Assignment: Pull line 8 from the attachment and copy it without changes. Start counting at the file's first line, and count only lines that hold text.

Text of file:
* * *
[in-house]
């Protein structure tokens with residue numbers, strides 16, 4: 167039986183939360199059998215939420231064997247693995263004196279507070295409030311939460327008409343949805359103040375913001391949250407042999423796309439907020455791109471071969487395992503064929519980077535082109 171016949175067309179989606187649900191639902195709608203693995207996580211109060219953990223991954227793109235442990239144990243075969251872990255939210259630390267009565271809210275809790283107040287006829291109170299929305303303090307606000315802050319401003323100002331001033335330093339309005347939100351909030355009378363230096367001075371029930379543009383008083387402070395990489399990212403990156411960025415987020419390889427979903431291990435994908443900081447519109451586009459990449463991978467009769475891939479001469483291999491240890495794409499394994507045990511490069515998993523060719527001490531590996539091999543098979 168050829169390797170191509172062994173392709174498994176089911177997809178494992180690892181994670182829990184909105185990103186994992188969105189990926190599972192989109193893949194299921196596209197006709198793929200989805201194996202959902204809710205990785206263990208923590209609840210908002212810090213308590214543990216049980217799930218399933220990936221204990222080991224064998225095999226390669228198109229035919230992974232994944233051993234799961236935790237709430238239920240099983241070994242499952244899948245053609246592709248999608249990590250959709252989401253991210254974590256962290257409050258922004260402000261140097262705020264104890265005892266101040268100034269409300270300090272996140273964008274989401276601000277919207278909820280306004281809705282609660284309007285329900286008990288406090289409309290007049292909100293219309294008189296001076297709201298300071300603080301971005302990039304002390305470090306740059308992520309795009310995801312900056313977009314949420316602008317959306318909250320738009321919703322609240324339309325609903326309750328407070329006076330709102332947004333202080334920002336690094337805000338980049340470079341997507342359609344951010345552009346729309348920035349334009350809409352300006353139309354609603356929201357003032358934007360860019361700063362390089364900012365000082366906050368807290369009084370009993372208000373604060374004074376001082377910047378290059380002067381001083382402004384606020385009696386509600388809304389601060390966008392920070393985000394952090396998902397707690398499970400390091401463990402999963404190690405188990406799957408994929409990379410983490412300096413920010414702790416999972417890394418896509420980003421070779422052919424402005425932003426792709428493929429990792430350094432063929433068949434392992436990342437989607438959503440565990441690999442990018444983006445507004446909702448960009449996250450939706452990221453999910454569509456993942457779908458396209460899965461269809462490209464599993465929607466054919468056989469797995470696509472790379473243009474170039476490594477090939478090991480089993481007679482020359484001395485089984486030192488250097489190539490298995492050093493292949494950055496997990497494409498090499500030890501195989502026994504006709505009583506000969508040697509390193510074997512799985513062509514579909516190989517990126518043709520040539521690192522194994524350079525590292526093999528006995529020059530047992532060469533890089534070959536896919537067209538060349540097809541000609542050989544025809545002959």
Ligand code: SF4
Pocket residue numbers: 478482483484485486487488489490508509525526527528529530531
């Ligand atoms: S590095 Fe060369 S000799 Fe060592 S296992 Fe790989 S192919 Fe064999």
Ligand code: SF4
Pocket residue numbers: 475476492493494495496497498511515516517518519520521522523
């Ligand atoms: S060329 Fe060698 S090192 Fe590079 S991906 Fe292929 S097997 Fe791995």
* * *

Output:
């Ligand atoms: S060329 Fe060698 S090192 Fe590079 S991906 Fe292929 S097997 Fe791995």